At 3:00 P.M. on the day of the quail miracle, Church trustees working in Nauvoo to sell Church properties brought and gave to the needy Saints shoes, clothing, molasses, salt pork, and salt. To aid the poor Saints, the trustees had solicited funds from towns along the Mississippi River and on one trip raised $100. At 4:30 P.M., Captain Allen started his return trek. He took in two crippled men, Brothers Whitehead and Campbell. He loaded into the wagons those he had been sent to assist and allowed several other families, not on the list, to go along. His return group included 157 people and 28 wagons. 13
When news of the Battle of Nauvoo finally reached Winter Quarters, Church leaders wanted Saints to volunteer to go back and “bring a load of the poor from Nauvoo.” To motivate the rescuers, President Young said, “Let the fire of the covenant which you made in the House of the Lord, burn in your hearts, like flame unquenchable.” 14 As a result, in early October the Pottawattamie High Council across the river from Winter Quarters sent off a second rescue company, led by James Murdock and Allen Taylor. They pushed quickly east and reached the poor camps near the end of October. Details about this company are lacking, but apparently they transported anyone still in the poor camps who needed assistance.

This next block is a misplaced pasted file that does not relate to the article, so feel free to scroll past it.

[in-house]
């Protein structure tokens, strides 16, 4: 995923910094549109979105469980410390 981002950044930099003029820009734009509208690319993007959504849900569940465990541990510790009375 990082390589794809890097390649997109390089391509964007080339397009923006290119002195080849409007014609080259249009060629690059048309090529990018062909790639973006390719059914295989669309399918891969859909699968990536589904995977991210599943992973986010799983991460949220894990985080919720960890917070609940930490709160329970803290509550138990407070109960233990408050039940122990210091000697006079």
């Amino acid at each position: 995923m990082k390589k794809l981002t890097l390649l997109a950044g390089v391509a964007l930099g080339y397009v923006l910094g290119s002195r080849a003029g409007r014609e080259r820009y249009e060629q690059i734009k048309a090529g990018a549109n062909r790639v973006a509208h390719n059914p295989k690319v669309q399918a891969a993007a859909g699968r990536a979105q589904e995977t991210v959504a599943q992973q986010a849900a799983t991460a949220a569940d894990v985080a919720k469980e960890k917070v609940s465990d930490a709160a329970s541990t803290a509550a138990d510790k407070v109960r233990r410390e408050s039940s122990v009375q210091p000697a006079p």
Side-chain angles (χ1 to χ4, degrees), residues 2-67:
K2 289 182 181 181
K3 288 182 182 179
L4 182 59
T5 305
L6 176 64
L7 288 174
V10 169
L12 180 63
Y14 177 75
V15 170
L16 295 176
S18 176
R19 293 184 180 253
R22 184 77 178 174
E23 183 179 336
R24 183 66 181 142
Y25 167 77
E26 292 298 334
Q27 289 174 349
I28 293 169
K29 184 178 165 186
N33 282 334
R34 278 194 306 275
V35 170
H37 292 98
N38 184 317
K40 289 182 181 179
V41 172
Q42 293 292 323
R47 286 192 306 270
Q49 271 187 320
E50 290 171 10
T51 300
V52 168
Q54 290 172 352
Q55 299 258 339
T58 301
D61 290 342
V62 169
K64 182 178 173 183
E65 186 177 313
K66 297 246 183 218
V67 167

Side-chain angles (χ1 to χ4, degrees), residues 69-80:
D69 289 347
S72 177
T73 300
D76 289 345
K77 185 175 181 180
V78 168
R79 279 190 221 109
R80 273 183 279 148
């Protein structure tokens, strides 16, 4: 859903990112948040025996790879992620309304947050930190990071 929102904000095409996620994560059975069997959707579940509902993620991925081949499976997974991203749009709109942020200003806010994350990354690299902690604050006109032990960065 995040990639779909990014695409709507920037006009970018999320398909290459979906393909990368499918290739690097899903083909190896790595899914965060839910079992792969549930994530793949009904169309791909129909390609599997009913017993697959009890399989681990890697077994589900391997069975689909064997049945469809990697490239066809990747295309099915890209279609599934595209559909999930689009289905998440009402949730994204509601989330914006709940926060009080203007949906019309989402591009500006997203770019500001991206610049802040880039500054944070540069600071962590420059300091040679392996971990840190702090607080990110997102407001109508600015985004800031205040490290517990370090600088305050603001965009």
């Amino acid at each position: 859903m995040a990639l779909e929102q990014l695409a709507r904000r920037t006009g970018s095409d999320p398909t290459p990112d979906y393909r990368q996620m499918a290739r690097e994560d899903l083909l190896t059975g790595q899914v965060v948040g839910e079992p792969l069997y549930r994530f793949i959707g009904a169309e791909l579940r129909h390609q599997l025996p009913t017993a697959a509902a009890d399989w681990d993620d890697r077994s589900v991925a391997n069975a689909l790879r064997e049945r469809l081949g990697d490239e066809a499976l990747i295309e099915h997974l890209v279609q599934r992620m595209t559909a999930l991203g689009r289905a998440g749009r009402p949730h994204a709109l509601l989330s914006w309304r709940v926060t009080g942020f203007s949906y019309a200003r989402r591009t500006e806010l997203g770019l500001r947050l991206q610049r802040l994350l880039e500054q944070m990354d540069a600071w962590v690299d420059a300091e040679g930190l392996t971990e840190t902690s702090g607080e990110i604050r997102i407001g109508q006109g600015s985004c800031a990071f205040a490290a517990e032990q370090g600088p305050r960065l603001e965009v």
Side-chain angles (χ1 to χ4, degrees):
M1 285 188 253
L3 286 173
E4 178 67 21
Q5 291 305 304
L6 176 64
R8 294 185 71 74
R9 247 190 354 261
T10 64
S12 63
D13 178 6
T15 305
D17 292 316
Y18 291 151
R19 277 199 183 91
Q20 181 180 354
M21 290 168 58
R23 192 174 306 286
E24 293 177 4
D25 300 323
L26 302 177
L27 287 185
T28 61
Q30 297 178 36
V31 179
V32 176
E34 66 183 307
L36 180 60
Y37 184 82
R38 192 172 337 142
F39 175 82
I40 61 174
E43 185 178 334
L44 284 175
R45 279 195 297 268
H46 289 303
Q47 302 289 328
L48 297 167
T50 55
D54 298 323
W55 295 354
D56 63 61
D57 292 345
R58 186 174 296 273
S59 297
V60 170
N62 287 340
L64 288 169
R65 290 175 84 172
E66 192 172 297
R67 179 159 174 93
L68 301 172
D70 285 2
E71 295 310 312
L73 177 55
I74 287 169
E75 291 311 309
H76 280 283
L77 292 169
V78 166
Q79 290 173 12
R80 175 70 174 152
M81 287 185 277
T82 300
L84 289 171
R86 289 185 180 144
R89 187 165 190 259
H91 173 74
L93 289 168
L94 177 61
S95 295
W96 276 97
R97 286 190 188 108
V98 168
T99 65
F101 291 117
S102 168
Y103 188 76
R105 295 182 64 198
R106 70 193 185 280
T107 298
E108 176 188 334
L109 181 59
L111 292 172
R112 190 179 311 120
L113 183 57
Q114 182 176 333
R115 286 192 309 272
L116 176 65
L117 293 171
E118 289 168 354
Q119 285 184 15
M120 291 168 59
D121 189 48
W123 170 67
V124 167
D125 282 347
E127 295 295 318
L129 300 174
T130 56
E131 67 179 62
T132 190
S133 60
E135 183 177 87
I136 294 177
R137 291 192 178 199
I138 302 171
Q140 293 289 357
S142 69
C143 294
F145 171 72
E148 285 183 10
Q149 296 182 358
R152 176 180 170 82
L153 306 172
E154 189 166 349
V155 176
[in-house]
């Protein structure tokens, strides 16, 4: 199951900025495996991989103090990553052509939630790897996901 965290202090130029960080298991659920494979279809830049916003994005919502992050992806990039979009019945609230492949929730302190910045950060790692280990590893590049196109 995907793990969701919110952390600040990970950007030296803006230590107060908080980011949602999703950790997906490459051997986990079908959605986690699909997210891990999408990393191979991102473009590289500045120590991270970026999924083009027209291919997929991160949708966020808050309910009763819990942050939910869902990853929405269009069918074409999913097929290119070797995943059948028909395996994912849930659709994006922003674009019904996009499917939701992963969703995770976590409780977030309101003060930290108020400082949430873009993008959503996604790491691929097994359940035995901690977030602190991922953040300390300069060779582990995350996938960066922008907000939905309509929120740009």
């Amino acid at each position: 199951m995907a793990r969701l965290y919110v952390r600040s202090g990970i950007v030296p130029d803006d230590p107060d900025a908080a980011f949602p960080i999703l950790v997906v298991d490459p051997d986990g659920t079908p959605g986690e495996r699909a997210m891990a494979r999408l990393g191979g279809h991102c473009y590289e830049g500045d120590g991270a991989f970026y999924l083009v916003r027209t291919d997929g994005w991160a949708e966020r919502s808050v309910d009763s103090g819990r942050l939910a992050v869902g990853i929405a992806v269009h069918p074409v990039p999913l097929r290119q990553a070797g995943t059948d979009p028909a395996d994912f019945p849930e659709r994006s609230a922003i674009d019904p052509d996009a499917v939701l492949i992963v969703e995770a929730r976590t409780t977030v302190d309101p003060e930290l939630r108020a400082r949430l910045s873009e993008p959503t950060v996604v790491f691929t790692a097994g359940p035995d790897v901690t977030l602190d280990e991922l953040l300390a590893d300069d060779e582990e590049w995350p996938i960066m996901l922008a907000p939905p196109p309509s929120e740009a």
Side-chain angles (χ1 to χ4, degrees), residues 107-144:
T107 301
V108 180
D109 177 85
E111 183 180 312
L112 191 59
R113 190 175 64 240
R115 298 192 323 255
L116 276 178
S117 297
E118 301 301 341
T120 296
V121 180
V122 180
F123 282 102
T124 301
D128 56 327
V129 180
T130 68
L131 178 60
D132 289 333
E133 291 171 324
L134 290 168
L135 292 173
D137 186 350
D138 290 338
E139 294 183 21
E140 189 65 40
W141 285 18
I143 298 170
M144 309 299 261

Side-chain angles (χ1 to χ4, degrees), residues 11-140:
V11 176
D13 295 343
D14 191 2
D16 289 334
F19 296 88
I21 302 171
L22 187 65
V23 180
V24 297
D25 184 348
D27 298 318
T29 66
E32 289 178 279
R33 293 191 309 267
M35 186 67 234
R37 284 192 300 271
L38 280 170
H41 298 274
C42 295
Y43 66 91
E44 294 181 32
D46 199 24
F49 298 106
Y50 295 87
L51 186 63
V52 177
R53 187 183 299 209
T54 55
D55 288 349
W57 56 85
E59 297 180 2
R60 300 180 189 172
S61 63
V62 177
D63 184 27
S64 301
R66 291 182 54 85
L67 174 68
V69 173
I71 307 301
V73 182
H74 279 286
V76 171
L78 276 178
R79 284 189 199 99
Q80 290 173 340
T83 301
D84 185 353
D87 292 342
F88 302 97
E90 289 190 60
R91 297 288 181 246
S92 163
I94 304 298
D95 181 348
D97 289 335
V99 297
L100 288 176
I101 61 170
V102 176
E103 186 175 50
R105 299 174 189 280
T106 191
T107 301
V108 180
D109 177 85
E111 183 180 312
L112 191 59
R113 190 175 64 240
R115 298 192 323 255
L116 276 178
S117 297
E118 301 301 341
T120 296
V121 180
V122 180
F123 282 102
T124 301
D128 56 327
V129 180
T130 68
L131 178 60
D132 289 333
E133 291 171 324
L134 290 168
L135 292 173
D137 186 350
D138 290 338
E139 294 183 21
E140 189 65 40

In total, the rescue teams helped move some 275 to 300 poor Saints to Winter Quarters, Nebraska.
Perpetual Emigrating Fund